So much so even here Justice Thomas again says, I dissent for the reasons stated in our joint opinion, he's talking about their opinion as if they are the winners.

So the bottom line is some legal scholars are looking at this language and saying this suggests that through the writing process for some considerable period of time this group over here thought that they had Roberts in their camp.

And somewhere along the line they were either mistaken or he switched and wound up over here. This became the opinion. This became the dissent. It's an awful lot of tea leaf reading I'll tell you, Candy.

An awful lot of going to the instant replay booth, which we don't have and frankly, I'm not sure I buy it having read through all of it.

But it's really an interesting theory to which we will probably never ever have proof unless somewhere way down the line Justice Roberts retires and I'll write my memoir and tell all.

CROWLEY: Yes, right. I'm a step behind you. I'm not sure I know enough to buy into the mysteries of the Supreme Court. I'll stick with politics.

FOREMAN: It doesn't make any difference. They made the decision. That's the way it goes.

CROWLEY: Exactly. Tom, thank you.

For more on the mysteries surrounding Roberts' vote, I talked with Tom Goldstein, publisher and co-founder of scotusblog.com.

So there are a lot of signs, one of them being that in the dissent the conservatives didn't address John Roberts' reasoning until the end of their dissent. And that's taken as a mystery. Do you go with it?

TOM GOLDSTEIN, SCOTUSBLOG.COM: This is all a possibility. When you have a really long opinion that goes on for so many pages, you can always kind of find tea leaves in there. I still think it's unlikely for two reasons.

The first is, we can tell from who was assigned opinions throughout the course of the term that Chief Justice Roberts always had the principle majority in the health care case. So we know that he was always writing.

And second, it seems very unlikely that at the last minute he would have changed his mind given that they've known this case was coming to them for years.

So I think that there are probably some indications that the votes may have changed around some. Things may have moved some, but I doubt that this was a last-second switch in time.

CROWLEY: And some people think there were hints in his questioning that he might have gone this, OK, you could call it a tax route.

GOLDSTEIN: That's right. His questioning, that's exactly right. During the oral argument did raise this question of, well, it might be unconstitutional under the commerce power.

This idea that conservatives were so concerned about overreaching as an attempt to regulate interstate commerce, but maybe the fallback position of the Obama administration might be enough to save the law and that's how it ended up.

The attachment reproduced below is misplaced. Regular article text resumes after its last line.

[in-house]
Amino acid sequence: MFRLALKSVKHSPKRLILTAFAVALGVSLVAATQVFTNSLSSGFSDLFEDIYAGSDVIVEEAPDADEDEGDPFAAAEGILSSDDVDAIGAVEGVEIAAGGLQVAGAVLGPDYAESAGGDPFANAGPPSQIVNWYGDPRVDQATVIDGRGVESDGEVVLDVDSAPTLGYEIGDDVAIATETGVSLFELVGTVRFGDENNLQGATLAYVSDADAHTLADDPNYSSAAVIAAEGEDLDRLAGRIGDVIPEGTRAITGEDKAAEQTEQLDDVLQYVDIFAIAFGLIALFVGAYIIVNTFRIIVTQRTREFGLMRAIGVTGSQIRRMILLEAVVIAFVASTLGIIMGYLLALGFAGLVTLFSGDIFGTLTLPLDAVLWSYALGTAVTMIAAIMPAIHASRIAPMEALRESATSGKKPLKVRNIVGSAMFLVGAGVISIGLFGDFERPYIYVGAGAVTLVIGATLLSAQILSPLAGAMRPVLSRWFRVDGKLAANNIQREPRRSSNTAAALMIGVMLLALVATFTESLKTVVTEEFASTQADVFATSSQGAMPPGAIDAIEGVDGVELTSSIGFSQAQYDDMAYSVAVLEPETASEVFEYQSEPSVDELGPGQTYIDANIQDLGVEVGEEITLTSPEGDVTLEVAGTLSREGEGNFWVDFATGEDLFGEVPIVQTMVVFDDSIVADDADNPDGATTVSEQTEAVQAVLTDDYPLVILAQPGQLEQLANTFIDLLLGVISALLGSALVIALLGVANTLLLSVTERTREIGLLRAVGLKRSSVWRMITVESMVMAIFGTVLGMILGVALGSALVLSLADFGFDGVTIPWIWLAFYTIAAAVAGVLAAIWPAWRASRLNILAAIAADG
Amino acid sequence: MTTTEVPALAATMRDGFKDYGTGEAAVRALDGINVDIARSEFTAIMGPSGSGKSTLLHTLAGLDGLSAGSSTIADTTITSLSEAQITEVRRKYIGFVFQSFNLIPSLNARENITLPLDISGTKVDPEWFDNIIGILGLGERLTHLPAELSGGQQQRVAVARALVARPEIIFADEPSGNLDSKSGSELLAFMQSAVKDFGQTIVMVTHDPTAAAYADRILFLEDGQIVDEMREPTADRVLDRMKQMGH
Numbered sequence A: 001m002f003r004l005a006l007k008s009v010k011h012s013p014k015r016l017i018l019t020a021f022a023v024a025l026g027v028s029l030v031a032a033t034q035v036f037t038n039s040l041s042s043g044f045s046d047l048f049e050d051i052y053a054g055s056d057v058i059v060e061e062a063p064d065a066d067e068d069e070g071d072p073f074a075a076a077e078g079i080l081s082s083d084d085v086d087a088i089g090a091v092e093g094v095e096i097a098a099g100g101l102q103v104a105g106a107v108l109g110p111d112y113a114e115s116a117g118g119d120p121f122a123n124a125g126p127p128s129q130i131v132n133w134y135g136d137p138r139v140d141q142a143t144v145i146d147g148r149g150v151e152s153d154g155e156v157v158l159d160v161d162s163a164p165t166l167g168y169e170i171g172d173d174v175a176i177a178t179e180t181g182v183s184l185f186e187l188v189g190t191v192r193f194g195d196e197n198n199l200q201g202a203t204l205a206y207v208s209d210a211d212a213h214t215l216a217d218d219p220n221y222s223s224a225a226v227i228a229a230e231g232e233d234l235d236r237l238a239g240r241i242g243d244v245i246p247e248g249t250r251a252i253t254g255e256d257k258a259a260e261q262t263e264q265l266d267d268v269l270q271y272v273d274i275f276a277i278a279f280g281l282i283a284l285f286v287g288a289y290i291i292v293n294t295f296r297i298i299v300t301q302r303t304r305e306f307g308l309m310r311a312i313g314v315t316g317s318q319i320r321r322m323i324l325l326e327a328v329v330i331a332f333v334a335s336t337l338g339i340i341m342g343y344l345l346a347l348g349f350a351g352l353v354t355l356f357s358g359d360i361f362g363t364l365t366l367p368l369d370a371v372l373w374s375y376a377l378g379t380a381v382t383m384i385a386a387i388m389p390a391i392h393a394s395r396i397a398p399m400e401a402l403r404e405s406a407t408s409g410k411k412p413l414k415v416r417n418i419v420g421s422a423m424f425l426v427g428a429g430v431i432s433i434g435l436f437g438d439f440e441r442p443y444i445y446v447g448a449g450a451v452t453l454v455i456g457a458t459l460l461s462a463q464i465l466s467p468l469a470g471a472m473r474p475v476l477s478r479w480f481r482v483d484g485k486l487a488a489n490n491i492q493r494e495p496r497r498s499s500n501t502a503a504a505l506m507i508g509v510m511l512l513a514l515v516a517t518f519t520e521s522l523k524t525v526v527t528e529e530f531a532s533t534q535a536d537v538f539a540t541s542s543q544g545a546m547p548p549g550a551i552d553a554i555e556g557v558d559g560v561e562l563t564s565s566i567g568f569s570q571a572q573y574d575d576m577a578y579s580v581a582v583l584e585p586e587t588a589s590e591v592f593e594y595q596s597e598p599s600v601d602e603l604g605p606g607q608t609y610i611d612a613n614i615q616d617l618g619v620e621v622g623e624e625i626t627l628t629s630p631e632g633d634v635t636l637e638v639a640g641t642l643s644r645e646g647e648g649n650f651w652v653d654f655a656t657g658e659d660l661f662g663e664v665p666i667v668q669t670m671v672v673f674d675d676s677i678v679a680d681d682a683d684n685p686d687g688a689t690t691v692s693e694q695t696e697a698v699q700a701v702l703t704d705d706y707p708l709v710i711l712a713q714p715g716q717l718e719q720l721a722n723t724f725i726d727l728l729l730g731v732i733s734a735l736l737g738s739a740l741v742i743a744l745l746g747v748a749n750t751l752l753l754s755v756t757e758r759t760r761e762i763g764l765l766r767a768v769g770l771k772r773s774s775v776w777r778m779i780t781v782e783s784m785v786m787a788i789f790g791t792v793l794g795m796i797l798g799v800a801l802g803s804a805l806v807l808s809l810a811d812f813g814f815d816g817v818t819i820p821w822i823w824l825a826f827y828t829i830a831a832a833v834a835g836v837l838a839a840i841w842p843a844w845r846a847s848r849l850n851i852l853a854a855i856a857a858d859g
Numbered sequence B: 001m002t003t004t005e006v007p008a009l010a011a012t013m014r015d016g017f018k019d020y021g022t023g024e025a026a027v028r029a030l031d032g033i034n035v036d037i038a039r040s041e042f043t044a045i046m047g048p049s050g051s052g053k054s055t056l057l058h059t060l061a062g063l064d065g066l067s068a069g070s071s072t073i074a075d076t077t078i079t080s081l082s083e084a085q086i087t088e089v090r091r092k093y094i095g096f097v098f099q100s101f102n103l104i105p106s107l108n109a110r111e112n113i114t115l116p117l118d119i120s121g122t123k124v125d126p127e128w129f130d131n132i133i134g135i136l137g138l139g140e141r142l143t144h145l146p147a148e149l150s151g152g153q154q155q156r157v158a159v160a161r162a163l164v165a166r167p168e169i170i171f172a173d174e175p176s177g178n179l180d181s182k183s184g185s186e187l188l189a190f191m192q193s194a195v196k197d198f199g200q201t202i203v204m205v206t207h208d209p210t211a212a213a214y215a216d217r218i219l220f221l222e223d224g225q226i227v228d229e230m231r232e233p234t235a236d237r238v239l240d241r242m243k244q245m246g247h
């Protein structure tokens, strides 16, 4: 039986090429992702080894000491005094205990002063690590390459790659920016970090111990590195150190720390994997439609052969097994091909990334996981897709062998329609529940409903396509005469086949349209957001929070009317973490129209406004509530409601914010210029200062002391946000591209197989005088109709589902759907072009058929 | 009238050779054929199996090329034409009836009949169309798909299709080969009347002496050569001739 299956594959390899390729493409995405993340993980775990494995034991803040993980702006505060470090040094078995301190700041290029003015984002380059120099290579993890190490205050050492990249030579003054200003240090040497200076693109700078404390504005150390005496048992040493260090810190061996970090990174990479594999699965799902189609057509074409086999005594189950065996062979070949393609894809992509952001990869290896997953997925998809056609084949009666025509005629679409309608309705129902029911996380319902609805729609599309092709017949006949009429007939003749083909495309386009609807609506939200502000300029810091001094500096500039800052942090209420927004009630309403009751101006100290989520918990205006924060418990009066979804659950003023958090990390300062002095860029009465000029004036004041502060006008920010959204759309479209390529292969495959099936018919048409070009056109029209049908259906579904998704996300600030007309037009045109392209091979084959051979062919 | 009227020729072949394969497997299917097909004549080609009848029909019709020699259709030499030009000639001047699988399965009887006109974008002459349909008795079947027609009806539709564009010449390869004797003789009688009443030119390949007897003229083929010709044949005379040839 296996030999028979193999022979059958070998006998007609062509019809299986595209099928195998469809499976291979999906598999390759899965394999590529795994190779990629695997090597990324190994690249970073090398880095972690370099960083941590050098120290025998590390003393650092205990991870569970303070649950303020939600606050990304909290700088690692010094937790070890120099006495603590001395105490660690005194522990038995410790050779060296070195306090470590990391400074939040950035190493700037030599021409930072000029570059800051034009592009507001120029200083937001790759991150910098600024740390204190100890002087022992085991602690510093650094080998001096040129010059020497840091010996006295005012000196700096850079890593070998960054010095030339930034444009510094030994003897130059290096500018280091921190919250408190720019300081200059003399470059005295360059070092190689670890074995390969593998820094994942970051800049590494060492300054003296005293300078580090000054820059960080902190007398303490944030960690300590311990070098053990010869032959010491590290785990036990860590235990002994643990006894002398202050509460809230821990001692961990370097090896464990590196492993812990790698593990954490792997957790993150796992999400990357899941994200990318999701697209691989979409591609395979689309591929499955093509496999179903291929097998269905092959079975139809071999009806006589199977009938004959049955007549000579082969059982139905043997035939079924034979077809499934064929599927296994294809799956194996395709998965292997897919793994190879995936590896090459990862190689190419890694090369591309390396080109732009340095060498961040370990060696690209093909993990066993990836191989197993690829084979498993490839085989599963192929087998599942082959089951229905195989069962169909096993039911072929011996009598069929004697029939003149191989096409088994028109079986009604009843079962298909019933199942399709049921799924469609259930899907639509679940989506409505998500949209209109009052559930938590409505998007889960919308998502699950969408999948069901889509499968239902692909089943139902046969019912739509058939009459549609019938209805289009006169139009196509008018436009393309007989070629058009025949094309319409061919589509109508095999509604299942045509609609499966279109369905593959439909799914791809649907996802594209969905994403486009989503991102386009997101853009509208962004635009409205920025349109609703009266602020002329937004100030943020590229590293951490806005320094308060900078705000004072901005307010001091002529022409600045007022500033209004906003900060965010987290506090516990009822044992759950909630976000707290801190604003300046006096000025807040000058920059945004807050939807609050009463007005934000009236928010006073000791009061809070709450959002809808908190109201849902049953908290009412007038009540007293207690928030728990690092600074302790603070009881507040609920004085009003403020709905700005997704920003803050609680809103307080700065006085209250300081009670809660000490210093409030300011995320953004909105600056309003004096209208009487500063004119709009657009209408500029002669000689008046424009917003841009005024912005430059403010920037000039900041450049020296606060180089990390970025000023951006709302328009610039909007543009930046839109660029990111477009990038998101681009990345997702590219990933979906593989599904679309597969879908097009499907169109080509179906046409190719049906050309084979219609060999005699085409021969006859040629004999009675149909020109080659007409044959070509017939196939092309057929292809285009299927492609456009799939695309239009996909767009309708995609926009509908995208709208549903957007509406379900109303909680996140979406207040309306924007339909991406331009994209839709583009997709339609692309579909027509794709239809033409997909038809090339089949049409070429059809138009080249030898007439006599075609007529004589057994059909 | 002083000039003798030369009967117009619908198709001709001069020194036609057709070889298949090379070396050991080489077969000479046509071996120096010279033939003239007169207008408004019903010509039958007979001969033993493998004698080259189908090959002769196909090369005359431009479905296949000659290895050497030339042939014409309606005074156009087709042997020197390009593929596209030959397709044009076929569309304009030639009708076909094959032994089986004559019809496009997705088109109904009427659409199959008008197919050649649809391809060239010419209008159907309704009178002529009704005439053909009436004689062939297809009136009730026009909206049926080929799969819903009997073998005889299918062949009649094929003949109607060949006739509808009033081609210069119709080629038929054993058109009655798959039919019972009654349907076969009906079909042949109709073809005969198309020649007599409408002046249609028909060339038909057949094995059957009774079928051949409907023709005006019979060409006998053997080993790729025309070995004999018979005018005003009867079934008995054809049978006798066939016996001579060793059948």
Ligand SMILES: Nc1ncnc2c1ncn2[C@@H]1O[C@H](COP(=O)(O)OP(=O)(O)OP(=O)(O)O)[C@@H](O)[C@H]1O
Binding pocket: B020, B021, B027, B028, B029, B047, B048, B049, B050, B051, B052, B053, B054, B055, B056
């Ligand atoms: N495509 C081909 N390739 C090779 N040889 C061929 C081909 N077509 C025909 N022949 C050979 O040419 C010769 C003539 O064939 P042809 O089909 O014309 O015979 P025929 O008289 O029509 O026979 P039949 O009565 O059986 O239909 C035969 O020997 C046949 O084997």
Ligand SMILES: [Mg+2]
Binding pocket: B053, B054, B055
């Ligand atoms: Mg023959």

CROWLEY: You have to listen to them very carefully.

GOLDSTEIN: That's right.

CROWLEY: Let me ask you about the chief justice, I read in some of the commentary afterwards that this was an opinion that seemed to be the chief justice in his role as chief justice.

That he was very aware that the court is seen as an increasingly politicized and that this was his sort of, OK, American people, you can trust this court to follow the law, decision. Take us inside his mind if you can.

GOLDSTEIN: Well, you know, the chief justice only speaks through the opinions. There's a lot of speculating going on, a lot of psychology. But I think you can start with the premise that he believed this was the right outcome.

But the premise actually follows from a philosophy that says with big economic legislation that can affect hundreds of millions of people. The Supreme Court ought to be the last resort rather than the first resort that this is simply Congress' job.

I think in him writing it, because that's the choice he had to make, just join somebody else's opinion or would he be the author, he was showing the country that it's not a partisan institution.

That the conservative appointed by Republican president chief justice of the United States can be the pivotal vote to save the signature accomplishment of a Democratic president.

Even if that's not the necessarily intended result, it is certainly the result.

CROWLEY: Right. So the law was there that helped him back up his decision as a justice. But the opportunity was there for him to act as a chief justice.

GOLDSTEIN: Yes. That's exactly right. And many people have said and I agree that this is really going to be remembered as a pivotal point in the Roberts' court.

The Supreme Court over the decades is known by the chief justice. And it's going to be incredibly hard to criticize either him or the court as a whole over the next 10 years for being too conservative because people can always point to this decision.